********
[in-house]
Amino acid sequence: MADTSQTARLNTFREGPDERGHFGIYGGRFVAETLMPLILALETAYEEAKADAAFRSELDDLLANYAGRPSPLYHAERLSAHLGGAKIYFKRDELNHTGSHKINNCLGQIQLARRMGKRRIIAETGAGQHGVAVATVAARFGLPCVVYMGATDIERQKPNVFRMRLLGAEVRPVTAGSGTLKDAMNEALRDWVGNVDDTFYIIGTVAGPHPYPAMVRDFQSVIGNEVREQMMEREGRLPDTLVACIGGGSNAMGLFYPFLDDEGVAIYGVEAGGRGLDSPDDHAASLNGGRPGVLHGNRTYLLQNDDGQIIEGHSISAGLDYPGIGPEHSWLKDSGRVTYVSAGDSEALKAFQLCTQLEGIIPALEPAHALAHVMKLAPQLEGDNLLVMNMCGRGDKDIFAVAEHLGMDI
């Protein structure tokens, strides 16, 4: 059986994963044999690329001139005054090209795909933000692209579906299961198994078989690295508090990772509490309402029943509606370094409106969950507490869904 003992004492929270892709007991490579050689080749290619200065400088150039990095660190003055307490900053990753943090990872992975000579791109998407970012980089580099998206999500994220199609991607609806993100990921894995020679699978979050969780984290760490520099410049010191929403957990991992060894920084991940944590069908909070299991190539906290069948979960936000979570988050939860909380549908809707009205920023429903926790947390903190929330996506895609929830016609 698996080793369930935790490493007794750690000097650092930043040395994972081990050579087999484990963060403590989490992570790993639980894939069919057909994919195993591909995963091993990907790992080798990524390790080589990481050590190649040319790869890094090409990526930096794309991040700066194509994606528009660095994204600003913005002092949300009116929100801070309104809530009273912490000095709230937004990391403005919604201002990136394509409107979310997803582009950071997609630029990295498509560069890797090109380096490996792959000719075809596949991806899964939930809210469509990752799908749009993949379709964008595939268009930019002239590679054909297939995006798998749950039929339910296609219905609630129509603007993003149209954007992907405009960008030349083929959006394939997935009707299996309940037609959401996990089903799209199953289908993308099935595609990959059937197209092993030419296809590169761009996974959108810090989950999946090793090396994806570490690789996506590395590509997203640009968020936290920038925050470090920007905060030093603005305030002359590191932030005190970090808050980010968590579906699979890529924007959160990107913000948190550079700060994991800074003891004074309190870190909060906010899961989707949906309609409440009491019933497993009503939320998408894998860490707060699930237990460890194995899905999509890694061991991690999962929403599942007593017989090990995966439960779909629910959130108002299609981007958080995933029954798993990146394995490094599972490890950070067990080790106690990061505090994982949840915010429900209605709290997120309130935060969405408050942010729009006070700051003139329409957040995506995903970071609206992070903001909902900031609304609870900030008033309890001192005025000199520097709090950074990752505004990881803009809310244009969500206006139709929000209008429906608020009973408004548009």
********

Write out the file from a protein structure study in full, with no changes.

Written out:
[in-house]
Amino acid sequence: MADTSQTARLNTFREGPDERGHFGIYGGRFVAETLMPLILALETAYEEAKADAAFRSELDDLLANYAGRPSPLYHAERLSAHLGGAKIYFKRDELNHTGSHKINNCLGQIQLARRMGKRRIIAETGAGQHGVAVATVAARFGLPCVVYMGATDIERQKPNVFRMRLLGAEVRPVTAGSGTLKDAMNEALRDWVGNVDDTFYIIGTVAGPHPYPAMVRDFQSVIGNEVREQMMEREGRLPDTLVACIGGGSNAMGLFYPFLDDEGVAIYGVEAGGRGLDSPDDHAASLNGGRPGVLHGNRTYLLQNDDGQIIEGHSISAGLDYPGIGPEHSWLKDSGRVTYVSAGDSEALKAFQLCTQLEGIIPALEPAHALAHVMKLAPQLEGDNLLVMNMCGRGDKDIFAVAEHLGMDI
């Protein structure tokens, strides 16, 4: 059986994963044999690329001139005054090209795909933000692209579906299961198994078989690295508090990772509490309402029943509606370094409106969950507490869904 003992004492929270892709007991490579050689080749290619200065400088150039990095660190003055307490900053990753943090990872992975000579791109998407970012980089580099998206999500994220199609991607609806993100990921894995020679699978979050969780984290760490520099410049010191929403957990991992060894920084991940944590069908909070299991190539906290069948979960936000979570988050939860909380549908809707009205920023429903926790947390903190929330996506895609929830016609 698996080793369930935790490493007794750690000097650092930043040395994972081990050579087999484990963060403590989490992570790993639980894939069919057909994919195993591909995963091993990907790992080798990524390790080589990481050590190649040319790869890094090409990526930096794309991040700066194509994606528009660095994204600003913005002092949300009116929100801070309104809530009273912490000095709230937004990391403005919604201002990136394509409107979310997803582009950071997609630029990295498509560069890797090109380096490996792959000719075809596949991806899964939930809210469509990752799908749009993949379709964008595939268009930019002239590679054909297939995006798998749950039929339910296609219905609630129509603007993003149209954007992907405009960008030349083929959006394939997935009707299996309940037609959401996990089903799209199953289908993308099935595609990959059937197209092993030419296809590169761009996974959108810090989950999946090793090396994806570490690789996506590395590509997203640009968020936290920038925050470090920007905060030093603005305030002359590191932030005190970090808050980010968590579906699979890529924007959160990107913000948190550079700060994991800074003891004074309190870190909060906010899961989707949906309609409440009491019933497993009503939320998408894998860490707060699930237990460890194995899905999509890694061991991690999962929403599942007593017989090990995966439960779909629910959130108002299609981007958080995933029954798993990146394995490094599972490890950070067990080790106690990061505090994982949840915010429900209605709290997120309130935060969405408050942010729009006070700051003139329409957040995506995903970071609206992070903001909902900031609304609870900030008033309890001192005025000199520097709090950074990752505004990881803009809310244009969500206006139709929000209008429906608020009973408004548009």